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How to migrate from Slate.js to TinyMCE

Ben Long

March 14th, 2022

Written by

Ben Long

Category

How-to Use TinyMCE

Slate.js is a highly customizable framework for building rich text editors; however, it is important to remember that with limitless flexibility can come a limitless amount of coding. The Slate.js website provides an example of how to implement a rich text editor using a whopping 193 lines of code, whereas the same rich text functionality can be implemented with TinyMCE in just 21 lines of code.

By using TinyMCE, you can effectively simplify the amount of time and coding your development team spends on rich text components. TinyMCE is the world’s most popular rich text editor, powering 100+ million products worldwide. The editor is easy to deploy and is highly customizable to suit a broad range of applications and edge cases. Check out 9 examples of products you can build with TinyMCE.

In this article we’ll demonstrate how to migrate from Slate.js to TinyMCE using a simple example. Given the Slate.js docs provide ample information about how to get started with Slate.js using React, and given the current popularity of React, this example is also based on the React framework using the rich text editor example provided on the Slate.js site.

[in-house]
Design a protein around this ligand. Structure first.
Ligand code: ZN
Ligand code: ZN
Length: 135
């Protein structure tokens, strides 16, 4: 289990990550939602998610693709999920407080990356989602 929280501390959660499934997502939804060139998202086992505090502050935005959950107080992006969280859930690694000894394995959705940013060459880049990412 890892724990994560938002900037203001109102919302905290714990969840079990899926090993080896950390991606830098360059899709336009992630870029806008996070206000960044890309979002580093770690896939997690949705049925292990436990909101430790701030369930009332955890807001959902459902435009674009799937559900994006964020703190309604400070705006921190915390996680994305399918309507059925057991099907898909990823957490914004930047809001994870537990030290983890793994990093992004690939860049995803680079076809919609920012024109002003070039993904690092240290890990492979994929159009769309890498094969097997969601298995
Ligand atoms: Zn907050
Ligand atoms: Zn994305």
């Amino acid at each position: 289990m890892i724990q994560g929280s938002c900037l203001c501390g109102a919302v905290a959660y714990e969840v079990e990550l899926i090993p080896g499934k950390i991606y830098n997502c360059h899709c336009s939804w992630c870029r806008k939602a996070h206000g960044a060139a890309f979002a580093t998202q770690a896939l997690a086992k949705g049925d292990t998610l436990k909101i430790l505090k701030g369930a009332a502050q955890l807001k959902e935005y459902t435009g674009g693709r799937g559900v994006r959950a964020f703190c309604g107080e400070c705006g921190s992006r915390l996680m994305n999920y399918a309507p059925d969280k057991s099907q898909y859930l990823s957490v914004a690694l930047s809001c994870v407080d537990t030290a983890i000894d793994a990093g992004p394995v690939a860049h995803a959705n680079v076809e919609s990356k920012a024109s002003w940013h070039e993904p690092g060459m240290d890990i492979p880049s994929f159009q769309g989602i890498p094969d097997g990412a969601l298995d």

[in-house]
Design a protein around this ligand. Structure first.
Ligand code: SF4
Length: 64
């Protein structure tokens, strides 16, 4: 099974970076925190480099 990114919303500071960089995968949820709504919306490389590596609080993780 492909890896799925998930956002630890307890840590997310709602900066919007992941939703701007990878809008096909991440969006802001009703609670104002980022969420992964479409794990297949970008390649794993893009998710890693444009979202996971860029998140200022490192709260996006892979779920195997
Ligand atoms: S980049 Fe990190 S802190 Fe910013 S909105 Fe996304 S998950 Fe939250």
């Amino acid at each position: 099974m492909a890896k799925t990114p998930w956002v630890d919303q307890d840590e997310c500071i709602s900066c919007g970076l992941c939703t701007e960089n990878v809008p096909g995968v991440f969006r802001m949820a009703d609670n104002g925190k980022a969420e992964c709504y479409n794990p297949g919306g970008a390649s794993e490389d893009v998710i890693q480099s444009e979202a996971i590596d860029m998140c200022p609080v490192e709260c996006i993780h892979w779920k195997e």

The Slate editor running a browser

The Slate editor.

TinyMCE working in a browser

The TinyMCE editor.

1. Import the TinyMCE libraries

Within your React project, start by installing the tinymce-react component from the command line with your package manager of choice; for example, if using npm:

$ npm install @tinymce/tinymce-react

Open the file that implements the Slate editor. It will contain code similar to the following:

const App = () => {
  // ...
  return (
    <Slate editor={editor} value={value} onChange={(value) => setValue(value)}>
      // ...
    </Slate>
  );
};

In this file, import the TinyMCE Editor component by adding it to the list of imports.

import React from "react";
import { Editor } from "@tinymce/tinymce-react";

2. Replace the Slate editor with the TinyMCE editor

In your React code you will have a function that defines the editor. For example, the rich text editor implemented on the Slate.js website looks like this:

const App = () => {
  const [value, setValue] = useState<Descendant[]>(initialValue)